No Impact Week: Consumption

Being Creative with New Recipes

Being Creative with New Recipes

This week Yes! Magazine has launched a project called No Impact Week, that people the world over are encouraged to participate in. We couldn’t resist, and this post is a summary of Day 1 — all about consumption and literally where this family has been experimenting over the past month. Can we find new ways of reducing our over-all consumption of goods, energy, and water?

Yesterday was a good day for us, as the No Impact project got us started on several new ideas. We were asked to make a list of what we needed this week:

Suet for birds

School snacks for the kids

Pickles

Bread

Laundry detergent

Food wasn’t deemed by the project as necessary to put on the list, but we’re trying to grow/make most of our own food and so we think it’s a good exercise every few weeks to consider whether you really need to go to the market to purchase food that week. Is there enough in your larder to support your family’s needs for the week? If so, save yourself the trip and make do. You’ll likely find new recipes you never dreamed of making because you’ll have to work with the veggies and foodstuffs you have on hand. We decided to take our list of needed items and, well, make them!

Making Suet!

Suet for Birds: Okay, I admit we purchased the beef fat a day earlier in preparation for the suet-making experiment. But the truth is, we’ve been trying to figure out a zero-waste option for suet. It’s now fall and the birds outside desperately need more fat in their diet, to help them through the winter. At our local store, the butcher happily put chunks of beef fat (about 2 lbs came to $2.00) in a large jar I brought. At home, we rendered the fat, strained it through a fine mesh colander, then mixed in raisins, peanuts, whole grain chicken feed, hulled sunflower seeds. We spread it all out in a glass pan and…there’s suet enough for at least 2 months for our woodpeckers, Steller’s Jays and chickadees. When suet is out, even the Pileated Woodpecker comes right to the window.

School Snacks for Kids: This one was easy. With nuts, organic chocolate chips, rolled oats, and raisins all bought in bulk, we pulled out the large glass jars we store our bulk items in, put them on the table around the candlelight (no impact lunch!), gave each child his/her own jar and they made personal trail mix jars using wooden spoons for dipping. Each morning they make their own lunches, so pouring from their personal jars into their lunch canteens is easy.

Trail Mixers

Zero Waste Trail Mix

Zero Waste Trail Mix

Pickles: We ran out of pickles last week, a fave of the kids,’ and so we made our own this week! They’re delicious. By bartering 18 eggs last week, we received from our friend Carol some gorgeous pickling cucumbers. It was incredibly easy to make refrigerator dill pickles and we know these will be consumed in a matter of days. We used this recipe, substituting with organic turbinado sugar, and we definitely recommend using grape leaves for pickle crispness!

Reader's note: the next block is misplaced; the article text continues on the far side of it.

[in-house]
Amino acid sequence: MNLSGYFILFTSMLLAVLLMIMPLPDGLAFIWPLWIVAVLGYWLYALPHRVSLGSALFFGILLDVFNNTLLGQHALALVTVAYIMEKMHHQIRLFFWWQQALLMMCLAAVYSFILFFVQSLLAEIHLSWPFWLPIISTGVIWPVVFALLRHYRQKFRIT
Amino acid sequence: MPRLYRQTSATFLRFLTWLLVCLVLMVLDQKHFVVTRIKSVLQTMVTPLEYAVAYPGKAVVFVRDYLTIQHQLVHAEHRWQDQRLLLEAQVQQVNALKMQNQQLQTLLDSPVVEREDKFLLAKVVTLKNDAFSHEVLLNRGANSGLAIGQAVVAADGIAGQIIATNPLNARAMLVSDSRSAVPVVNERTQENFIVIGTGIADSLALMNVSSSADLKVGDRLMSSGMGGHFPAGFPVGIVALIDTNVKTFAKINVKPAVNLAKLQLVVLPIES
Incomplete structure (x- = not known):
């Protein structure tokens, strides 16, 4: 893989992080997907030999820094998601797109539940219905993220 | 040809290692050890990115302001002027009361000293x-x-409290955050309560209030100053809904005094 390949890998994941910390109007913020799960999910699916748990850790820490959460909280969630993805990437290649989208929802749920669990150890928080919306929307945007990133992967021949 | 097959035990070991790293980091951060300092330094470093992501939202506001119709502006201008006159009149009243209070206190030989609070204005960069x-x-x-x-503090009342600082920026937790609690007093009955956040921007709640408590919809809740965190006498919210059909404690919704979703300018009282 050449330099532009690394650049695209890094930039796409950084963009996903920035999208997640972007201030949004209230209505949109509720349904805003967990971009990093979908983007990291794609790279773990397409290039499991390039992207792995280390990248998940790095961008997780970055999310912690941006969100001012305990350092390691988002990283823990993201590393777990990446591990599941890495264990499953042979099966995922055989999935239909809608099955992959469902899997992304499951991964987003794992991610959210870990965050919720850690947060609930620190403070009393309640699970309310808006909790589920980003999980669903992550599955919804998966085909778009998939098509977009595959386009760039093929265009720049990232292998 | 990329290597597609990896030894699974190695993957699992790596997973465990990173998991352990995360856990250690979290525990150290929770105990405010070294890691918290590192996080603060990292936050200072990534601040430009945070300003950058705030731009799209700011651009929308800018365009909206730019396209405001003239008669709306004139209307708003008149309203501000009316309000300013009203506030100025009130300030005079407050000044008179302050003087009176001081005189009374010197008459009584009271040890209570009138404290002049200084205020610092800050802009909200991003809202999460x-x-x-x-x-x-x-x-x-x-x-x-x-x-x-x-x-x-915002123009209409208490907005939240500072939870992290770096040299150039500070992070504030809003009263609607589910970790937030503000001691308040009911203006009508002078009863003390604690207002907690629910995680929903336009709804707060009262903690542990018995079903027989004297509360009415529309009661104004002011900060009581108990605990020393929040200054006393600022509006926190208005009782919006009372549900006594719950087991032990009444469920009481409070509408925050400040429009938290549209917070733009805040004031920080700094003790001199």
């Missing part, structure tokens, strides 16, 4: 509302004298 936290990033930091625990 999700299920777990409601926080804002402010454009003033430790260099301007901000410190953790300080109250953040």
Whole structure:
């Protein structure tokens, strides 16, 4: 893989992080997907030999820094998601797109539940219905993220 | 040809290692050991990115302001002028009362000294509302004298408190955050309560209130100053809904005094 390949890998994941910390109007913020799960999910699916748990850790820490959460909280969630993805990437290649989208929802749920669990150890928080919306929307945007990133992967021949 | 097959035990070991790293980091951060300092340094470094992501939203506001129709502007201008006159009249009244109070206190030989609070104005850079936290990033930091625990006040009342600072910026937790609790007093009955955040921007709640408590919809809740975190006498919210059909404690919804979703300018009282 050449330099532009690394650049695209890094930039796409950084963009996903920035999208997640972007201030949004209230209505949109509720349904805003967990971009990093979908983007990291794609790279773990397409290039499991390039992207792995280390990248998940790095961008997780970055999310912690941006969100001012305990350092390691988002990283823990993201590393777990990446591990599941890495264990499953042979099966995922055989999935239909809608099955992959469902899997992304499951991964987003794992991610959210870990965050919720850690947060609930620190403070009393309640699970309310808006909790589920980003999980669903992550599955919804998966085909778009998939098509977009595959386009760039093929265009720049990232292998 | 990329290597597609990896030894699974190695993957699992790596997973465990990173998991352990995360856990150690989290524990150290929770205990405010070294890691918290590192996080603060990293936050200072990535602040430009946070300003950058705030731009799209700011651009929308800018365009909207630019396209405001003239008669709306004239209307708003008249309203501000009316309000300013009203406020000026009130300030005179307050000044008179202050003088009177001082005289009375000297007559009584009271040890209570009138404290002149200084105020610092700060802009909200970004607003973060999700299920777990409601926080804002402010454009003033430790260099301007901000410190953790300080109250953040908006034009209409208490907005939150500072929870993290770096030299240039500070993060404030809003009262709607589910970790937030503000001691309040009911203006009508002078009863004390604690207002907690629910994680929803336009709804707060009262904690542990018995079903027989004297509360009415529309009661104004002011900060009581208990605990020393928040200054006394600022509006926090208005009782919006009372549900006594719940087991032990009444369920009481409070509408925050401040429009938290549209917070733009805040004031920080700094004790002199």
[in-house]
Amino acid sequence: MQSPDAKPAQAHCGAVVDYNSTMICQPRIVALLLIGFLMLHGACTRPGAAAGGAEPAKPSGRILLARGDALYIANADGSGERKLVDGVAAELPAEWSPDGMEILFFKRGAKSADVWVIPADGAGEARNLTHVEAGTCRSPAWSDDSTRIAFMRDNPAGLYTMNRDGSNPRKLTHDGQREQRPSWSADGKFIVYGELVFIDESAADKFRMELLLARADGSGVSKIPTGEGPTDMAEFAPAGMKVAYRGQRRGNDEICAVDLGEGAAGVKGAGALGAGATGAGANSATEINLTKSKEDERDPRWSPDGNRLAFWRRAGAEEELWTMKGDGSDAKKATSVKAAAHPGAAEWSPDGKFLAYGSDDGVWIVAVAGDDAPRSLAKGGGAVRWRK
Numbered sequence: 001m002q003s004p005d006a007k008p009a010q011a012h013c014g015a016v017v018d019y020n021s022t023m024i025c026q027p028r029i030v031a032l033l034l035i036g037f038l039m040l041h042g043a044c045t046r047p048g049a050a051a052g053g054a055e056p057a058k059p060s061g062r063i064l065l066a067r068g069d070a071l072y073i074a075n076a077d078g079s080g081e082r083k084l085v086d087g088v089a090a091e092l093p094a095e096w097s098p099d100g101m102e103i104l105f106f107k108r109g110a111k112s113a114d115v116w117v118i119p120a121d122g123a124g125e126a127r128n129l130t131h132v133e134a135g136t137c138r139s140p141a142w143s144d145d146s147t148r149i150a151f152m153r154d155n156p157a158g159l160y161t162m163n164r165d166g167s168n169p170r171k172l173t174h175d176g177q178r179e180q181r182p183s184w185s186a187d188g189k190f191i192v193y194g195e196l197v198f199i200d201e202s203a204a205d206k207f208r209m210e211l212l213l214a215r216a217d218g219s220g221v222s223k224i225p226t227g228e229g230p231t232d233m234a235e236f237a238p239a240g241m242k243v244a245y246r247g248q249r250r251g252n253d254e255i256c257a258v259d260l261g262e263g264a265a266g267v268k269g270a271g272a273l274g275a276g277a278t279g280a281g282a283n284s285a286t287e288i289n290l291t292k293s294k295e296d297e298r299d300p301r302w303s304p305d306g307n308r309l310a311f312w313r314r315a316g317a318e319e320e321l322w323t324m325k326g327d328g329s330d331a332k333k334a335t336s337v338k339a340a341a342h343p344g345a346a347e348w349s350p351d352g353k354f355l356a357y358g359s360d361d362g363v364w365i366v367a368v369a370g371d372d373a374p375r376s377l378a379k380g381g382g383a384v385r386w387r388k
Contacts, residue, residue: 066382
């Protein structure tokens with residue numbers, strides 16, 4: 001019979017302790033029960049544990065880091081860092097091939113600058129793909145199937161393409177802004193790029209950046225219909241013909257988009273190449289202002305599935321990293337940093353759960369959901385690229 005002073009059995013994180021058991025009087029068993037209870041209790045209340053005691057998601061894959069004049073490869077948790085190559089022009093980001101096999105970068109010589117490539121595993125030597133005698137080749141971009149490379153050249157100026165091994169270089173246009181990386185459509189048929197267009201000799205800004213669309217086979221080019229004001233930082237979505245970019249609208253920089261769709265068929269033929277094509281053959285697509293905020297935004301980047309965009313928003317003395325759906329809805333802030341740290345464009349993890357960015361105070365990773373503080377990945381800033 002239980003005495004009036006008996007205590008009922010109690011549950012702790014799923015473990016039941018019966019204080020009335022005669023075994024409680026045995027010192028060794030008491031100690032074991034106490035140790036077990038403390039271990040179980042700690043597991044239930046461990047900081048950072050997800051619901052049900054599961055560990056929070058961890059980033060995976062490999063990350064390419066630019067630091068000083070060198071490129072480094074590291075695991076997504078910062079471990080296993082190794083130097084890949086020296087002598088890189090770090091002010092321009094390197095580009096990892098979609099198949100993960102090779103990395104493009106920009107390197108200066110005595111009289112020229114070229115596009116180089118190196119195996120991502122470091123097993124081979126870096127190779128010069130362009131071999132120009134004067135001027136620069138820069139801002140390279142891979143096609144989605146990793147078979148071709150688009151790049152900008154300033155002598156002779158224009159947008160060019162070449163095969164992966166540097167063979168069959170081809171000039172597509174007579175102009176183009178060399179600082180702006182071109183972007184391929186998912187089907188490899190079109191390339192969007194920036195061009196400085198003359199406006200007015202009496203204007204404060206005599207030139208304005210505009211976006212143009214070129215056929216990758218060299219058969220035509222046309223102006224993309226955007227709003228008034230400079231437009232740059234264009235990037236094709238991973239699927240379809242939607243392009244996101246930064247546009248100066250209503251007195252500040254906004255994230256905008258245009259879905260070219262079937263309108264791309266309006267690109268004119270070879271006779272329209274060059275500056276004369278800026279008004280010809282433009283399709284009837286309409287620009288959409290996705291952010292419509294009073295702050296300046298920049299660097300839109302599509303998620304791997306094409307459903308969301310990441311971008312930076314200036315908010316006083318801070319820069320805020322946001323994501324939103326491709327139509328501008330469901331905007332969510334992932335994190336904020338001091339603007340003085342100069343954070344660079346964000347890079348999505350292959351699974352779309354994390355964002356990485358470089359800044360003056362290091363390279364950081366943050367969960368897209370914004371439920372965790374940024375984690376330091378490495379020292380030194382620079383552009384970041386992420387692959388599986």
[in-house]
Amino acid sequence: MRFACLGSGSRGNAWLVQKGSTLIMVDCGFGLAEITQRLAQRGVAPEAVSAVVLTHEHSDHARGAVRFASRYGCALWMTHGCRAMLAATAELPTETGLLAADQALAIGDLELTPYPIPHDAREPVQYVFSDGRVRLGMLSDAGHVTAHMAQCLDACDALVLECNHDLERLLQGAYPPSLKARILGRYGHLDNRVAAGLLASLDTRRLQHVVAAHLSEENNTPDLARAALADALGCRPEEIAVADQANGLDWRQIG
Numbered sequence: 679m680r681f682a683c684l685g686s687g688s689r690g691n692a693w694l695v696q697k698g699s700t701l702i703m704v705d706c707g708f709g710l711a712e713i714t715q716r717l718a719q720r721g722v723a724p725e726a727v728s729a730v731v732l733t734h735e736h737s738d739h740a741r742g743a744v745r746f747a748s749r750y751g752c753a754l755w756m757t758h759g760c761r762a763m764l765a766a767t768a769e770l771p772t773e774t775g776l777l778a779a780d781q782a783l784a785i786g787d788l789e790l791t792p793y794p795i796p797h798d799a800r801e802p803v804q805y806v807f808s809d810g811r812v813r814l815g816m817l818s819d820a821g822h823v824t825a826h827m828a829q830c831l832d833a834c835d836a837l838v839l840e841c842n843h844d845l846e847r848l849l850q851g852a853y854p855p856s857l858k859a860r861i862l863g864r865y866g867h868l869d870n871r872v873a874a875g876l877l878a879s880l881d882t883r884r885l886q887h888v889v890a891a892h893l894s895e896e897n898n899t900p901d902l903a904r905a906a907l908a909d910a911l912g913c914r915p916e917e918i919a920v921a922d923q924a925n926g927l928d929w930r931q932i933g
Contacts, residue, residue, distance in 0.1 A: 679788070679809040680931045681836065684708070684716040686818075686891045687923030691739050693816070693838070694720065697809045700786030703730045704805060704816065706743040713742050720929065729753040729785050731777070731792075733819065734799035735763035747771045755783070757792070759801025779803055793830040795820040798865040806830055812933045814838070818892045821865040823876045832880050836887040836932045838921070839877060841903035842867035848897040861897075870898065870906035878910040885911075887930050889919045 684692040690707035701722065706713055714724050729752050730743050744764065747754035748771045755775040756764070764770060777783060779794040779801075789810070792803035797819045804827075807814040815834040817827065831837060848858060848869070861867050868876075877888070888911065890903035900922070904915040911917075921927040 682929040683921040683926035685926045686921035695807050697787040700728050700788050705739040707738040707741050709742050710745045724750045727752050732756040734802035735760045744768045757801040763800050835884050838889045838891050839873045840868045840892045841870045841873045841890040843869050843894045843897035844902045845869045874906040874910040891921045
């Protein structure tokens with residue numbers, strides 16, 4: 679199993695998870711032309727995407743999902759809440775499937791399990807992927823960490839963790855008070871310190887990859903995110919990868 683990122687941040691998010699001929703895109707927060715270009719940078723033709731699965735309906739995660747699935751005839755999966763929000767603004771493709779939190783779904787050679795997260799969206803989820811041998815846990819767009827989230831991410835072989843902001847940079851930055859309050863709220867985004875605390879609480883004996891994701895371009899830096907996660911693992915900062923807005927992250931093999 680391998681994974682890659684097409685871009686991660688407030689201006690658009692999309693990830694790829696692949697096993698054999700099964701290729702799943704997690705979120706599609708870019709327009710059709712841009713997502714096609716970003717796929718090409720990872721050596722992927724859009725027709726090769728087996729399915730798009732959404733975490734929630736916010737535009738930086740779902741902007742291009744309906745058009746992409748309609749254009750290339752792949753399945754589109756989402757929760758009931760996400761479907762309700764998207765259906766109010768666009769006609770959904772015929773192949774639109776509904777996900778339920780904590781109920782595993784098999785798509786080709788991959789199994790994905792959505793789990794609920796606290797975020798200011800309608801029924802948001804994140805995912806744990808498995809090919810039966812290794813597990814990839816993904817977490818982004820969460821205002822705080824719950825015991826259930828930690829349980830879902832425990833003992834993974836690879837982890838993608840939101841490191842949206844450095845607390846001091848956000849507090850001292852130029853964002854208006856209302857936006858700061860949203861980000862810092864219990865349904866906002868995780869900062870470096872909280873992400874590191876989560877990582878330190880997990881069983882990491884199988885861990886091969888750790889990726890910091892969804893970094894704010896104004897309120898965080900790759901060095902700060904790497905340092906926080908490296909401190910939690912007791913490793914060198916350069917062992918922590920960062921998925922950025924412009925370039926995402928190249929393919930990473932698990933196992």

Organic Dill Pickles with Turbinado Sugar

Organic Dill Pickles with Turbinado Sugar

Bread: It’s a twice-weekly tradition. We make all our own bread and are happy for it. It’s yummy, full of great ingredients, and much cheaper than anything we buy from our favorite bakery. We still support our local bakery, occasionally, too. Here’s our killer bread machine whole wheat walnut raisin bread recipe:

1 cup warm water

3/4 cup liquid (combo of egg, yogurt, milk, whatever you’ve got)

1 heaping teaspoon good sea salt

2 tablespoons flax seed oil

3 cups flour (any combo you like)

4 handfuls walnuts (or any nuts)

3-4 handfuls raisins

1 tablespoon honey

1/2 teaspoon yeast

Laundry Detergent: Stay tuned for our zero waste detergent, coming up in a future post.

9 thoughts on “No Impact Week: Consumption

  1. I couldn’t remember why grape leaves were added, so I nosed around on the NCHFP (National Center for Home Food Preservation) and read this:

    “Grape leaves contain a substance that inhibits the enzymes that make pickles soft. However, removing the blossom ends (the source of undesirable enzymes) will make the addition of grape leaves unnecessary.” Their link is: http://www.uga.edu/nchfp/questions/FAQ-pickle.html#6
    The point is, don’t let the lack of grape leaves stop you!

    Another great pickle-info site, http://www.wildfermentation.com explains that grape leaves are rich in tannins…which inhibit the enzymes, etc. So there you have it! By the way, wildfermentation.com is a great resource for making that other fall favorite, sauerkraut!

    Cheers to you all for spreading the word on No Impact Week. Here in France, where we have plenty of grape leaves (!), I’m going to take on the challenge, too.

    Like

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